19 August 2013

if I could drink this light {a poem}

Reflected in the pond were electrical wires
I'd rather pretend were not there,
focusing all my attention instead on
the late afternoon summer light
that suffuses the world (and me) with nostalgia,
even as I'm firmly planted in the present.

If I could drink the light,
I would choose a tall glass of this.
Golden and sweet,
an elixir of the gods—
for surely, if anyone has the power to
change light into liquid,
it would be them.

Zeus and Hera,
Aphrodite and Demeter,
and all the rest of them up on Olympus,
deigning to glance down at our little world
as we scurry about in the shadows:
our light is a muted pallor in the glory-filled brightness
they get to live in
as they go about their normal day.

If I am dreaming of Greek gods,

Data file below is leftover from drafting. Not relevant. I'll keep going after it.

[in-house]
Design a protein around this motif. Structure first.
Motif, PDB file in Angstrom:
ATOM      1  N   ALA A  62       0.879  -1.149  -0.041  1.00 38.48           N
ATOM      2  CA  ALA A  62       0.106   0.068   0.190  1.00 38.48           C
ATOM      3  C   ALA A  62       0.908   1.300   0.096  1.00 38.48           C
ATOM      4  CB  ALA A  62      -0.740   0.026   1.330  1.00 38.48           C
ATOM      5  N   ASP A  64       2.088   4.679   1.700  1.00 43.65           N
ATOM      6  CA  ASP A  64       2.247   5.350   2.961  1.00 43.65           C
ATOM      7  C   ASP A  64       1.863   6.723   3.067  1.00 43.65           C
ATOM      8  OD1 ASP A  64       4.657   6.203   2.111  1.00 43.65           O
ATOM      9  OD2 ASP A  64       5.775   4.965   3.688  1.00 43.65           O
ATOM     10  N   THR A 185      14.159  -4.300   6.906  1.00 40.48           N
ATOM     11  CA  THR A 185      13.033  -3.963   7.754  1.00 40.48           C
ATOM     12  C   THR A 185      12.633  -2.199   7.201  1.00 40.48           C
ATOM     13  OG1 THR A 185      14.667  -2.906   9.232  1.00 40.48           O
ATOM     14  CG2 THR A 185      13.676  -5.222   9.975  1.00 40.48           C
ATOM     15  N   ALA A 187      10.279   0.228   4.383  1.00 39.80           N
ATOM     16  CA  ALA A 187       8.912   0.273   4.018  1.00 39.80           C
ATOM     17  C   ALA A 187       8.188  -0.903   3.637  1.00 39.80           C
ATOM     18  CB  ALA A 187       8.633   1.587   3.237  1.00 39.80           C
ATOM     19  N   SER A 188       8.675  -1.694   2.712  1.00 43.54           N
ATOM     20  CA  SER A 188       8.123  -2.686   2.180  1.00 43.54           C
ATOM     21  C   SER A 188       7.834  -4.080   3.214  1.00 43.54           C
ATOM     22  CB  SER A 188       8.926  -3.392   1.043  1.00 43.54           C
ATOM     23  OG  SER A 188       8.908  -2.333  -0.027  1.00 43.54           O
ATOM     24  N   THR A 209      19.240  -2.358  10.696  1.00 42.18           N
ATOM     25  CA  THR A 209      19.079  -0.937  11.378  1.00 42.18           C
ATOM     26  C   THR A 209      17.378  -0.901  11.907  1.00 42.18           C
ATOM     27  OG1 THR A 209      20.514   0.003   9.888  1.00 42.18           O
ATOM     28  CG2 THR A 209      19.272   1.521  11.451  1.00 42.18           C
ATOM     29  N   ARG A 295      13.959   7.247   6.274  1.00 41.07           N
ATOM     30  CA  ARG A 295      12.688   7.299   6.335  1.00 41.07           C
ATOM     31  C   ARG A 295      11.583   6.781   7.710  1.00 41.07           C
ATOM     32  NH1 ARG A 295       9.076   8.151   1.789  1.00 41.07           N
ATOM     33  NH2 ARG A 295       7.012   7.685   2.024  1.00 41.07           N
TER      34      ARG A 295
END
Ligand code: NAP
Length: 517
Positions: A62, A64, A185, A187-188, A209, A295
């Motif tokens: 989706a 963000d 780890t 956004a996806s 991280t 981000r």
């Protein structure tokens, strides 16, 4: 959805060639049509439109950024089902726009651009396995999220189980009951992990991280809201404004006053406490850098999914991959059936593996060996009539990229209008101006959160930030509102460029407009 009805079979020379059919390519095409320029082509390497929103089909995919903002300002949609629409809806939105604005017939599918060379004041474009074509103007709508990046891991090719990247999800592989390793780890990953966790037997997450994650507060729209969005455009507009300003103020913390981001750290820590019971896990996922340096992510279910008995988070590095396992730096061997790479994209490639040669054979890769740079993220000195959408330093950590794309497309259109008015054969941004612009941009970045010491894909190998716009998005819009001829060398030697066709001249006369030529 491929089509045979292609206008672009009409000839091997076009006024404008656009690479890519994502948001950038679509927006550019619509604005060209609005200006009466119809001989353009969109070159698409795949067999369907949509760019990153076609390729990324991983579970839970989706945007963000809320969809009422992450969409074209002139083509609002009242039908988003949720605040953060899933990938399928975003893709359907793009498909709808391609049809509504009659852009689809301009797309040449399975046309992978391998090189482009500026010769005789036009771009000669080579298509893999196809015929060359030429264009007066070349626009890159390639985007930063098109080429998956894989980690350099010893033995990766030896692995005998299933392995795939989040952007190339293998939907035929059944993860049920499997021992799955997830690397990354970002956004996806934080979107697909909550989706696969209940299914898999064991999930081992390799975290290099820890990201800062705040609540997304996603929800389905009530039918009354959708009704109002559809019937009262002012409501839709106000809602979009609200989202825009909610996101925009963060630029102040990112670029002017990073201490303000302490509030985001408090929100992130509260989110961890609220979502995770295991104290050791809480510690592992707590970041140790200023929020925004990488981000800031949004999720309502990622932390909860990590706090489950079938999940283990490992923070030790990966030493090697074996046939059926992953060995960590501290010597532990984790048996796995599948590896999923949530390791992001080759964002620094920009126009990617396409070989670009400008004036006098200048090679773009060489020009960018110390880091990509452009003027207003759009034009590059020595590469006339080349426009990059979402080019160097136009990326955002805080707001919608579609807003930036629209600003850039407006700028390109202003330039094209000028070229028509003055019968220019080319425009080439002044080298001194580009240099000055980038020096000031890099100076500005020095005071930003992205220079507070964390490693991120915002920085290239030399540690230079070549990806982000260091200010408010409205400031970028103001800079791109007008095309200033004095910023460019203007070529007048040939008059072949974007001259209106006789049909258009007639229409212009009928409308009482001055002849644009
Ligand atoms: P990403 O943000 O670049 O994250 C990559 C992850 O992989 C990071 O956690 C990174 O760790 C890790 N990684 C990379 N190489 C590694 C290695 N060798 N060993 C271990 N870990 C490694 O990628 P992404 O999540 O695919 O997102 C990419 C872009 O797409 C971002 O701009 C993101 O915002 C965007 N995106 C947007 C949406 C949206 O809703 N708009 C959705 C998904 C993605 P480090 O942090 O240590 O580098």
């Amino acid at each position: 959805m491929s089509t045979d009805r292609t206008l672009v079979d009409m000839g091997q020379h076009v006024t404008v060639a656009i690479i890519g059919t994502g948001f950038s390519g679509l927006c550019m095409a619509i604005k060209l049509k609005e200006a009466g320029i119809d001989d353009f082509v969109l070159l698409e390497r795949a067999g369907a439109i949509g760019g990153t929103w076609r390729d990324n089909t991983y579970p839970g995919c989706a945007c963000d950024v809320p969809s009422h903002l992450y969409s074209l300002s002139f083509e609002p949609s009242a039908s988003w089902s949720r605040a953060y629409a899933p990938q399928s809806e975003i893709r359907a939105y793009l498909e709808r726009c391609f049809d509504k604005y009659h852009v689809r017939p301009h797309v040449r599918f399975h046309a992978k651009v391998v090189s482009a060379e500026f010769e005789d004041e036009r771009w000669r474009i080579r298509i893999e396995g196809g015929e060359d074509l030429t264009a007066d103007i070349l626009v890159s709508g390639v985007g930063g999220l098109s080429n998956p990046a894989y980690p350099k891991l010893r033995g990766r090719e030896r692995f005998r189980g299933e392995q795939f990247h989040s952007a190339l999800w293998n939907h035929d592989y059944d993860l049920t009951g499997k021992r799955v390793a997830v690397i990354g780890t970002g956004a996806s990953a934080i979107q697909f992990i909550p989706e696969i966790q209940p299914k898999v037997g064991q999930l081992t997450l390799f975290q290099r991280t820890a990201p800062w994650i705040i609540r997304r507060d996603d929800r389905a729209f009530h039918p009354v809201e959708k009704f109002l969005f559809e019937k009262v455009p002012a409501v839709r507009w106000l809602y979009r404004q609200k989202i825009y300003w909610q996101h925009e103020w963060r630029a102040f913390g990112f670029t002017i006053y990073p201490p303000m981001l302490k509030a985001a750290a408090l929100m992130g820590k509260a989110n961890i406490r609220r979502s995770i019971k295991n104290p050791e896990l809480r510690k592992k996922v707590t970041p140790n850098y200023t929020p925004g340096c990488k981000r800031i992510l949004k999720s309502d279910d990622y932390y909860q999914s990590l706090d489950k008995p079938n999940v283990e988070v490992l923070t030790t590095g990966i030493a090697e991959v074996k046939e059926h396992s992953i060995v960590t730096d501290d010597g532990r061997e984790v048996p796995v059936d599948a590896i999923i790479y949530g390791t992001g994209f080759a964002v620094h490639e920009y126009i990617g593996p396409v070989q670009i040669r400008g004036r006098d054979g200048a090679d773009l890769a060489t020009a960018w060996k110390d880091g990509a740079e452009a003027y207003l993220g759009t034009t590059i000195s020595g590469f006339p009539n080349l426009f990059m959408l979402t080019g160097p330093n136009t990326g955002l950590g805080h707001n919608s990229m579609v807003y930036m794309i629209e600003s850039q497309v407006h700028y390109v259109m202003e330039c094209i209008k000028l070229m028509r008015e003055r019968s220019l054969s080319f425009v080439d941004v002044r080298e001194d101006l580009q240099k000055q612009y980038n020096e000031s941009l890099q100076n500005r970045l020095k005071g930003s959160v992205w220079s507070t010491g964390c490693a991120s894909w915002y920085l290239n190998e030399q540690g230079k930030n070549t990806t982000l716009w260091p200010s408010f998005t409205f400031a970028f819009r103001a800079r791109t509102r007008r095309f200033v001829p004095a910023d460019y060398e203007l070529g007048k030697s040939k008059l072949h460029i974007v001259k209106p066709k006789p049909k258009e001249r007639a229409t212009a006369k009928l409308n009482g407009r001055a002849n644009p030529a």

perhaps I am not as firmly planted in the present as I thought.

But that is what this light does to me.

I am by a pond in Iowa.
Just over the hill are enough cornfields to feed a nation,
but this light—
merely by sitting in this light,
my mind strays from practical details
like what to eat for dinner
and how the family farm will survive.

In this light,
I start thinking of eternity and heavens
and of how, if only I could drink this light,
I could see eternity in every moment.

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